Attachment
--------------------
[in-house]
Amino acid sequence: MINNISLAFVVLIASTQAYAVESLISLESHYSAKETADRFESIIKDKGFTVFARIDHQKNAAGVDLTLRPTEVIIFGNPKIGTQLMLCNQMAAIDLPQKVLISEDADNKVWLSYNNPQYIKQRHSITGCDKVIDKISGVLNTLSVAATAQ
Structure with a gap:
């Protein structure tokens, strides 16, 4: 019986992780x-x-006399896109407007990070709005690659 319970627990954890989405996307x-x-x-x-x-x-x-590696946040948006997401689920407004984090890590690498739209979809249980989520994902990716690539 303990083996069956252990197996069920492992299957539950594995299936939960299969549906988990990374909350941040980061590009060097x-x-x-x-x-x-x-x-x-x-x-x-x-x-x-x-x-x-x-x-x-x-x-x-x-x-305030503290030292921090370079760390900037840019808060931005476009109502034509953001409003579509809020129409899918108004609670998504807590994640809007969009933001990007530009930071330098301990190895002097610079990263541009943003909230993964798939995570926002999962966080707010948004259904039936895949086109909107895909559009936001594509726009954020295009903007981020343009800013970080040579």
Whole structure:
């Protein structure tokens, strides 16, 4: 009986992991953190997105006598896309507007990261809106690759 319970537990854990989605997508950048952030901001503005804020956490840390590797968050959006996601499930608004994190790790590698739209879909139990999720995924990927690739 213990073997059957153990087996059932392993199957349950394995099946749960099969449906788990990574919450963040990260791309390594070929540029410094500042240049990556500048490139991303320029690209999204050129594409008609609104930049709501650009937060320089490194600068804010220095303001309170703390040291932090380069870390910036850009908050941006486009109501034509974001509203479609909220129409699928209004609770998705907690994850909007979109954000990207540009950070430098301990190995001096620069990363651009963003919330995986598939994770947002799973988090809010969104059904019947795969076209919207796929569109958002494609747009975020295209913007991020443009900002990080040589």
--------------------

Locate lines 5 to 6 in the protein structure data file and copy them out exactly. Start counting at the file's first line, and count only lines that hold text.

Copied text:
Whole structure:
């Protein structure tokens, strides 16, 4: 009986992991953190997105006598896309507007990261809106690759 319970537990854990989605997508950048952030901001503005804020956490840390590797968050959006996601499930608004994190790790590698739209879909139990999720995924990927690739 213990073997059957153990087996059932392993199957349950394995099946749960099969449906788990990574919450963040990260791309390594070929540029410094500042240049990556500048490139991303320029690209999204050129594409008609609104930049709501650009937060320089490194600068804010220095303001309170703390040291932090380069870390910036850009908050941006486009109501034509974001509203479609909220129409699928209004609770998705907690994850909007979109954000990207540009950070430098301990190995001096620069990363651009963003919330995986598939994770947002799973988090809010969104059904019947795969076209919207796929569109958002494609747009975020295209913007991020443009900002990080040589």